Asia-Pacific Journalists’ Organisations Call for Action on Financial Crisis

Leaders of 23 organisations representing the global union movement and journalists’ trade unions and associations across the Asia-Pacific region made a strong declaration of solidarity and commitment to meet the challenges of the global financial crisis when they met in Hong Kong on February 12-13.


The regional meeting, organised by the International Federation of Journalists (IFJ) under the theme of Organising in the Financial Crisis, included leaders of journalists’ organisations from Australia, Cambodia, Hong Kong, India, Indonesia, Japan, Malaysia, Mongolia, Nepal, New Zealand, Philippines, South Korea, Sri Lanka and Taiwan, as well as representatives of UNI Global Union.


In assessing the current and potential impacts of the unfolding financial crisis, combined with the demise of the traditional economic model that has sustained journalism in the past, the meeting focused on identifying new opportunities to sustain and strengthen journalists’ unions and associations, as well as quality independent journalism.


In solidarity with the global labour movement, the participants committed their organisations to ensuring the voice of labour organisations is heard in local, national, regional and international forums seeking to address the financial crisis, in keeping with the Washington Declaration delivered by global trade unions to the G20 Crisis Summit in November and the Statement of Labour Leaders to the World Economic Forum’s Annual Meeting in Davos, Switzerland, in February.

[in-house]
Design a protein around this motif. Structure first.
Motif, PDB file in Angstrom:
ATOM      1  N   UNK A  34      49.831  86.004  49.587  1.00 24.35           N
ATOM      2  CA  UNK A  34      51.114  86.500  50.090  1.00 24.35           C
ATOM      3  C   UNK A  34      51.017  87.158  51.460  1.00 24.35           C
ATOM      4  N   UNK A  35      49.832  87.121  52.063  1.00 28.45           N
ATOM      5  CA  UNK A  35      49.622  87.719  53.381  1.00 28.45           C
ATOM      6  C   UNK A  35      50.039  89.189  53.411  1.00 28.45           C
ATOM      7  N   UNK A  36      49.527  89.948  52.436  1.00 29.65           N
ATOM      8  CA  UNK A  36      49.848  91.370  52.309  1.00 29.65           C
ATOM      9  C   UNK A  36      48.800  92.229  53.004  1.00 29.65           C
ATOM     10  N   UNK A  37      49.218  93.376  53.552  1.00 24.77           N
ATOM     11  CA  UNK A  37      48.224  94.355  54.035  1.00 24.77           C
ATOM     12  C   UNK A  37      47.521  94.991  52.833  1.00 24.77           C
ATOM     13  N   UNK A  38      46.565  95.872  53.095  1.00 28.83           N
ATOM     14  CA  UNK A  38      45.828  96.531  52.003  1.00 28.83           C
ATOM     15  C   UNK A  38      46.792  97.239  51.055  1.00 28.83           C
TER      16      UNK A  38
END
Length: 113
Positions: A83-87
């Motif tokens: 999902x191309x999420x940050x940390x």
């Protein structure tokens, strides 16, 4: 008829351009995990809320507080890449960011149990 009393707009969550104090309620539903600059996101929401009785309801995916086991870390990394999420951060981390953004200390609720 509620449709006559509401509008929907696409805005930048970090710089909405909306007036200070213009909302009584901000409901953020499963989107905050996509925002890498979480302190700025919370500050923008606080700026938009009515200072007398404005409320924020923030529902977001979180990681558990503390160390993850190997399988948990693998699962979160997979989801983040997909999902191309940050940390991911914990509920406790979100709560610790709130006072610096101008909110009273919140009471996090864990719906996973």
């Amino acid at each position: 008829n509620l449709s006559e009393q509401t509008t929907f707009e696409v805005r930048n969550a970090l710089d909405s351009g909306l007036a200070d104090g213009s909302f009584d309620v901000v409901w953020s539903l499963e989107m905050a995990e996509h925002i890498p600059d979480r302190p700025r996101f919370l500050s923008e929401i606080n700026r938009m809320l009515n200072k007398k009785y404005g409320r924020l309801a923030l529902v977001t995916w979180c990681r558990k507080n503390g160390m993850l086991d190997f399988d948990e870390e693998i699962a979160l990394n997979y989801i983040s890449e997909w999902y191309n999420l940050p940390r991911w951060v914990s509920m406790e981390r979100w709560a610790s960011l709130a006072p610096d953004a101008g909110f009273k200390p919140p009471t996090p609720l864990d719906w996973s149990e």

While focusing on organising journalists to defend decent working conditions and journalists’ livelihoods, the meeting also stressed concerns that diminishing advertising revenues and industry consolidation pose a threat to diversity of information and freedom of expression in the Asia-Pacific region.


Resolving to protect and fight for the right to decent work, the participants also agreed that unions and journalists’ associations will need to modernise and reshape the way they work, while media institutions must be encouraged to invest in the long-term future of journalism by building new audiences and wisely managing the introduction of new technologies and tools.


See Regional Statement Hong Kong 13Feb09 FINAL.pdf for the full text of the statement.


In addition to addressing issues related to the financial and media crises, the Hong Kong meeting also issued statements condemning the war on journalists in Sri Lanka and voicing concerns about new rules currently being imposed on Mainland and non-Mainland journalists reporting on China.


See Regional Statement Sri Lanka 13Feb09 FINAL.pdf and Regional Statement China 13Feb09 FINAL.pdf



For further information contact IFJ Asia-Pacific on +612 9333 0919


The IFJ represents over 600,000 journalists in 122 countries